Foundational Statements of Reformed Church Government

22 March 2011 by Wes Bredenhof

Many of us are disappointed at the outcome of a decade of ecumenical efforts with the URCNA.  However, there were some good things coming from all the time and effort spent.  Some years ago, the URCNA developed a set of “Foundational Principles for Reformed Church Government.”  As ecumenical discussions proceeded, this document was imported into the Proposed Joint Church Order.  Along the way it was tweaked and improved.  Today it stands as an excellent summary of Reformed church polity.  I use it with my preconfession students to orient them to our basic understanding of how the church of Christ is to be governed.  Here’s the document as it appeared in the 2010 PJCO:

Foundational Statements of Reformed Church Government

1. The church is the possession of Christ, who is the Mediator of the New Covenant.

Acts 20:28; Ephesians 5:25-27

2. As Mediator of the New Covenant, Christ is the Head of the church.

Ephesians 1:22-23; 5:23-24; Colossians 1:18

3. Because the church is Christ’s possession and He is its Head, the principles governing the church are determined not by human preference, but by biblical teaching.

Matthew 28:18-20; Colossians 1:18; 2 Timothy 3:16-17

4. The catholic or universal church possesses a spiritual unity in Christ and in the Holy Scriptures.

Matthew 16:18; Ephesians 2:20; I Timothy 3:15; II John 9

5. In its subjection to its heavenly Head, the universal church is governed by Christ from heaven, by means of His Word and Spirit, with the keys of the kingdom which He has given to the local church for that purpose.  Therefore, no church may lord it over another church.

Matthew 16:19; 23:8; John 20:22-23; Acts 14:23; 20:28-32

6. The offices of minister, elder, and deacon are local in authority and function.  The Lord gave no permanent universal, national, or regional offices to His church by which the churches are to be governed.  Therefore, no office bearer may lord it over another office bearer.

Acts 14:23; 16:4; 20:17, 28; Ephesians 4:11-16; Titus 1:5

7. In order to manifest our spiritual unity, churches should seek contact with other faithful, confessionally Reformed churches for their mutual edification and as an effective witness to the world.

John 17:21-23; Ephesians 4:1-6

8. The exercise of a federative relationship is possible only on the basis of unity in faith and in confession.

I Corinthians 10:14-22; Gal. 1:6-9; Ephesians 4:16-17

9. Although churches exist in certain circumstances without formal federative relationships, the well-being of the church requires that such relationships be entered wherever possible.  Entering into or remaining in such relationships should be voluntary; there is however a spiritual obligation to seek and maintain the federative unity of the churches by formal bonds of fellowship and cooperation.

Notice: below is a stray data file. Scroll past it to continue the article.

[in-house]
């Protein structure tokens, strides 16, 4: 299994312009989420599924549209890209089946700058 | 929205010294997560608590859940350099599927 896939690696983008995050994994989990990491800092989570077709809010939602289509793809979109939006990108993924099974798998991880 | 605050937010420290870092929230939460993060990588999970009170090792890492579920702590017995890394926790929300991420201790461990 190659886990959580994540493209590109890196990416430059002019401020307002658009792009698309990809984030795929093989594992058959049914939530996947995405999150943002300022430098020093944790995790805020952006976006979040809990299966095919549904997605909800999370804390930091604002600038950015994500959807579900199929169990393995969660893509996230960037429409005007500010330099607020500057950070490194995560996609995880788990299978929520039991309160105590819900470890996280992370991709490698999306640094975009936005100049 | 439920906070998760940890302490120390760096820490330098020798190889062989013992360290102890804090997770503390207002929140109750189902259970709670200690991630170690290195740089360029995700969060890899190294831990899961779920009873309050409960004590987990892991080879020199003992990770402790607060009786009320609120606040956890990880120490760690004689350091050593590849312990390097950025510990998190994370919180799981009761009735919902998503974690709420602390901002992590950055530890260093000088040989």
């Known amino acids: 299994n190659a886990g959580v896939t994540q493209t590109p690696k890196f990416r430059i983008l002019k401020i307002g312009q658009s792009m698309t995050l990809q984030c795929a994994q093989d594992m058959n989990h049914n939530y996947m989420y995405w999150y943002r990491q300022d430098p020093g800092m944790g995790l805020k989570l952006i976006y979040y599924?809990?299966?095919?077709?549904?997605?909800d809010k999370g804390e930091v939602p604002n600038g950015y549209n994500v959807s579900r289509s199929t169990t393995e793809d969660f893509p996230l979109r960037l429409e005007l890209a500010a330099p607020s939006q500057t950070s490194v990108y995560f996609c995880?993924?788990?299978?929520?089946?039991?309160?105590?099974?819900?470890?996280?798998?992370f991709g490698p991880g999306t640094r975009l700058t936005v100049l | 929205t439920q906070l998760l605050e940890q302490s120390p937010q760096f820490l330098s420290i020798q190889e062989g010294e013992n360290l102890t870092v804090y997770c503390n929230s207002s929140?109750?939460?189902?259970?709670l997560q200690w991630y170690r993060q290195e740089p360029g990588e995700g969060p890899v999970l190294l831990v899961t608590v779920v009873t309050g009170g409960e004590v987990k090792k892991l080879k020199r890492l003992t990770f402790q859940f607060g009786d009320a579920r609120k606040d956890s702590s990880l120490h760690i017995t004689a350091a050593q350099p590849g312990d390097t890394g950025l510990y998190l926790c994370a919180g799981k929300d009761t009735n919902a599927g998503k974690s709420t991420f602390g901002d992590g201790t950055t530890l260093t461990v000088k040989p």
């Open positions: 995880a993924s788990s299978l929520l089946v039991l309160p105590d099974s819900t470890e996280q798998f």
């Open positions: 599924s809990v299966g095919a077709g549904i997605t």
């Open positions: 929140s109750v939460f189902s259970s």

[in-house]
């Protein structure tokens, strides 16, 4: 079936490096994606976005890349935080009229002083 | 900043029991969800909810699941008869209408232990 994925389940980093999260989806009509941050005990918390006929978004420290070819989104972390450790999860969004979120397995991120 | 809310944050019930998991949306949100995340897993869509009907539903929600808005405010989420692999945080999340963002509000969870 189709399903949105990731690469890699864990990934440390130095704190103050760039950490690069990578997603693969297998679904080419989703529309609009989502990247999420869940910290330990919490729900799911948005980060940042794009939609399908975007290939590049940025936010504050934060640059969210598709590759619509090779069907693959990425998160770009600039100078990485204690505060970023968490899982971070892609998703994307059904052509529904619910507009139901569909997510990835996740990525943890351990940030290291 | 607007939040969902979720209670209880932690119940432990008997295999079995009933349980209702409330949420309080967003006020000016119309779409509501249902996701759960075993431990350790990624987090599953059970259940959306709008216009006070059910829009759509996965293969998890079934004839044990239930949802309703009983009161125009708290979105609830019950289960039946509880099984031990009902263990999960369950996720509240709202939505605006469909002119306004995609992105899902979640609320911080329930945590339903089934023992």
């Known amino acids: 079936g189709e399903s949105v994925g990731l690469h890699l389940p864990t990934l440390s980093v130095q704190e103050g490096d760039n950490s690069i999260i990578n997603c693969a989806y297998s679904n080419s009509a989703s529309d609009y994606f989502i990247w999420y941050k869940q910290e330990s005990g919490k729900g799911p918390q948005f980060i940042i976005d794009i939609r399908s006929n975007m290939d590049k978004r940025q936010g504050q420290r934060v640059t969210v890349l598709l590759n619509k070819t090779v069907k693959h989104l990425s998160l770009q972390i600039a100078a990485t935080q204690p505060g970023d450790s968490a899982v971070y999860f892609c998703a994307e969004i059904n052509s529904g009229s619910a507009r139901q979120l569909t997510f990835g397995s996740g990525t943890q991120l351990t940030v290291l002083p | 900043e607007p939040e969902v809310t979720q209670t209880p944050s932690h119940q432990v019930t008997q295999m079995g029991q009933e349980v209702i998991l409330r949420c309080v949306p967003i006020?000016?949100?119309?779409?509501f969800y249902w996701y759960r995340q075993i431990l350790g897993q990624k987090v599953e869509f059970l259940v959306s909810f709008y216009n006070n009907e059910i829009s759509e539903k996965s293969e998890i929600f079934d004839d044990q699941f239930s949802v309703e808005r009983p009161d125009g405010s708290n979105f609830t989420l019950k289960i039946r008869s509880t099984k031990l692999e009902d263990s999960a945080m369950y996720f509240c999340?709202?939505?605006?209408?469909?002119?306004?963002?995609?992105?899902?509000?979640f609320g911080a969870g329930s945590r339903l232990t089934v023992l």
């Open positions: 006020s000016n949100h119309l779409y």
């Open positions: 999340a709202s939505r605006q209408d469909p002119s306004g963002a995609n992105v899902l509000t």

Acts 11:22, 27-30; 15:22-35; Romans. 15:25-27; 1 Corinthians 16:1-3; Colossians 4:16; 1 Thessalonians 4:9-10; Revelation 1:11, 20

10. Member churches meet together in broader assemblies to manifest ecclesiastical unity,  to guard against human imperfections and to benefit from the wisdom of many counselors. The decisions of such assemblies are settled and binding among the churches unless they are contrary to Scripture, the Reformed Confessions, or the adopted Church Order.

Proverbs 11:14; Acts 15:1-35; I Corinthians 13:9-10; II Timothy 3:16-17

11. The church is mandated to exercise its ministry of reconciliation by proclaiming the gospel to the ends of the earth and by administering the sacraments in the congregation.

Matthew 26:26-30; 28:19-20; Acts 1:8; 2:38-39; 1 Corinthians 11:17-34; II Corinthians 5:18-21

12. Christ cares for and governs His church through the office bearers, namely, ministers, elders, and deacons, whom He chooses through the congregation.

Acts 1:23-26; 6:2-3; 14:23; I Timothy 3:1,8; 5:17

13. The Scriptures require that ministers, elders, and deacons be properly qualified for the suitable discharge of their respective offices.

I Timothy 3:2-9; 4:16; II Timothy 2:14-16; 3:14; 4:1-5

14. Being the chosen and redeemed people of God, the church, under the supervision of the consistory, is called to worship Him in reverence and awe according to the scriptural principles governing worship.

Leviticus 10:1-3; Deuteronomy 12:29-32; Psalm 95:1,2,6; Psalm 100:4; John 4:24; Hebrews 12:28-29; I Peter 2:9

15. Since the church is the pillar and ground of the truth, it is called through its teaching ministry to build up the people of God in faith.

Deuteronomy 11:19; Ephesians 4:11-16; I Timothy 4:6; II Timothy 2:2; 3:16-17

16. The church’s evangelistic and missionary calling consists of preaching and teaching the Word of God to the unconverted at home and abroad with the goal of establishing new churches or expanding existing churches.  This calling is fulfilled by ministers of the Word ordained to be missionaries, and by equipping the congregation to be the light of the world.

Matthew 5:14-16; 28:19-20; Acts 1:8; Ephesians 4:11-13; Philippians 2:14-16; 1 Peter 2:9-12; 3:15-16

17. Christian discipline, arising from God’s love for His people, is exercised in the church to correct and strengthen the people of God, to maintain the unity and the purity of the church of Christ, and thereby to bring honor and glory to God’s name.

I Timothy 5:20; Titus 1:13; Hebrews 12:7-11

18. The exercise of Christian discipline is first of all a personal duty of every church member, but when official discipline by the church, to whom the keys of the kingdom are entrusted, becomes necessary, it must be exercised by the consistory of the church.

Matthew 18:15-20; John 20:22-23; Acts 20:28; I Corinthians 5:13; I Peter 5:1-3